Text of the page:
In 1989, in my state of Michigan, a Yugo was blown off the Mackinac Bridge. This accident has attained folkloric status and everyone seems to know about it to this day. The accident killed Leslie Ann Pluhar, a 31-year-old waitress. (FYI: Karpivna has driven over the Mackinac Bridge many times with no mishaps, but in heavier vehicles than a puny Yugo. LOL)
Leslie Pluhar owned a blue Yugo, a small imported car, and had left Detroit Friday to meet her boyfriend that evening in St. Ignace, the tiny community at the bridge`s north terminus. She never arrived.
Meanwhile, a crowd of reporters and curiosity seekers began to gather at the rescue site. Pluhar`s family also made the sad pilgrimage north where they were greeted at every turn by microphones, cameras, lights and notebooks.
On Saturday evening, a team of 12 divers was finally able to bring up the wreck after more than 10 hours of risky maneuvers in the murky waters. Pluhar`s family looked on from a small boat.
Hundreds had gathered at the municipal marina in Mackinaw City to witness the grisly moment.
The blue Yugo was so badly crumpled by the impact that police had difficulty removing the woman`s body. It was not until later that night that her family was able to positively identify the body.
Pluhar died in the most spectacularly frightening and awesome manner that any Michigander could imagine. Her Yugo went out of control and swerved off the Mackinac Bridge, free-falling 170 feet into the chilly waters below.
The 3,800-foot suspension bridge, which links Michigan’s Upper Peninsula to the lower mainland, was considered an engineering marvel when it opened 32 years ago. The graceful arc of steel and wire across the Straits of Mackinac is undoubtedly the state`s most famous piece of architecture.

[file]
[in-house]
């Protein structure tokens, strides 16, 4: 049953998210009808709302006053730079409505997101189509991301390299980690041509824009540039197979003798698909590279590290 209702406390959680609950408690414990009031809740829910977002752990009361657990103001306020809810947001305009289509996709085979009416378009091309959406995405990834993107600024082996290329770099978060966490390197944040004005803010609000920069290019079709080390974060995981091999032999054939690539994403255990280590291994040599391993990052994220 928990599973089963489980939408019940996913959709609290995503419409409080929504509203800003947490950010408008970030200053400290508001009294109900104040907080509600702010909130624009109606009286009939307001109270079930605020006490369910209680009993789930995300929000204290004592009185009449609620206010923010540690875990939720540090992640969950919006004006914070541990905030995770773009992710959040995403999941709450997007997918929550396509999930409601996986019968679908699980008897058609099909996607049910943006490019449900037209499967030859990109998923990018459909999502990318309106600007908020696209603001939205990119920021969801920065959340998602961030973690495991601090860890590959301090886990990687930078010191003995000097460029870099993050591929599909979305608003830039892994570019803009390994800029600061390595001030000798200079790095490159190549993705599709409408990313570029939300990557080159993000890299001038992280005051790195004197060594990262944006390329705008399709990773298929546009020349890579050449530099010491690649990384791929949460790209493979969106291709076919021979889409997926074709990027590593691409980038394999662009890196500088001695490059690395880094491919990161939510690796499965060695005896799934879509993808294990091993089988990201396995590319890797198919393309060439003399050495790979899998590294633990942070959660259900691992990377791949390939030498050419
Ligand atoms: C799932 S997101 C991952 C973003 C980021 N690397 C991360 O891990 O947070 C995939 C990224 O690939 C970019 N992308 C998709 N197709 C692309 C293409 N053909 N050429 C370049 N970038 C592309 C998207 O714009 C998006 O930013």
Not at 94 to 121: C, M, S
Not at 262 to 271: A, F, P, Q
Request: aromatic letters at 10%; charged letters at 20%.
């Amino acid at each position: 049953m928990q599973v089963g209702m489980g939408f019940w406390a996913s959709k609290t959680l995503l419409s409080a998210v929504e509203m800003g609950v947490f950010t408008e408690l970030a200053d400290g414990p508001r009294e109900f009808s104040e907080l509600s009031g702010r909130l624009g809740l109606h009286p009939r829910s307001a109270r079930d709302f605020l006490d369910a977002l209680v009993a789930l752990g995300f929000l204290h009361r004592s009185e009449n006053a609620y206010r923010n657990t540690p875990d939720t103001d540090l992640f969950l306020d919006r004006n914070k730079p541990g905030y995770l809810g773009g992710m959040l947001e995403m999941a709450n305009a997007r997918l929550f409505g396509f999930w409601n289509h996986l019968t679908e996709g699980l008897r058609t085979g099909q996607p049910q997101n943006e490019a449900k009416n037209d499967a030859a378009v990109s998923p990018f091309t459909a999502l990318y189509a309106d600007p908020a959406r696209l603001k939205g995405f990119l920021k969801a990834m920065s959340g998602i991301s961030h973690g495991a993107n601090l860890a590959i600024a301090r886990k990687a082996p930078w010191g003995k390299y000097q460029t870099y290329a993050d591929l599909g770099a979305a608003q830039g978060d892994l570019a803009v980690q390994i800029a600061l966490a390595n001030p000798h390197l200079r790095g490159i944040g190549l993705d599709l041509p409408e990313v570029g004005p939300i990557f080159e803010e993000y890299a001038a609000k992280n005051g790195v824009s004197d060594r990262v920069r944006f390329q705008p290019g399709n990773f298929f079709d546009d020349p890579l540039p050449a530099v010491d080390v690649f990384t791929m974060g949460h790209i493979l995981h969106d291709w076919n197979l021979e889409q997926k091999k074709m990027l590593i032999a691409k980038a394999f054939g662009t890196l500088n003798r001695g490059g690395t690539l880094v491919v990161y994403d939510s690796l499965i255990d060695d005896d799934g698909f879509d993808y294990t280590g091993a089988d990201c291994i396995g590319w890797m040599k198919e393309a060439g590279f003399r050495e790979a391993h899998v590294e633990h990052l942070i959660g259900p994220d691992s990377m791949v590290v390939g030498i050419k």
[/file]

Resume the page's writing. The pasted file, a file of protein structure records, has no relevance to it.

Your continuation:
The Mackinac Bridge is currently the third longest suspension bridge in the world. The Mackinac Bridge is the longest suspension bridge in the western hemisphere. The total length of the Mackinac Bridge is 26,372 feet.
“Mighty Mac,” as it is known by many, inspires affection and fear. Sweaty palms are one of the more visceral responses the bridge evokes from approaching motorists.
In fact, the Mackinac Bridge Authority maintains a “Timid Motorists” program in which bridge employees will get behind the wheel and drive panic-stricken motorists across the span. Last year, some 400 motorists availed themselves of this service.
But in 64 million crossings over the last 32 years, no one had ever driven off the bridge. Not until Leslie Ann Pluhar did it in a blue Yugo, as twilight fell on the gusty, rainy Friday evening of Sept. 22, 1989.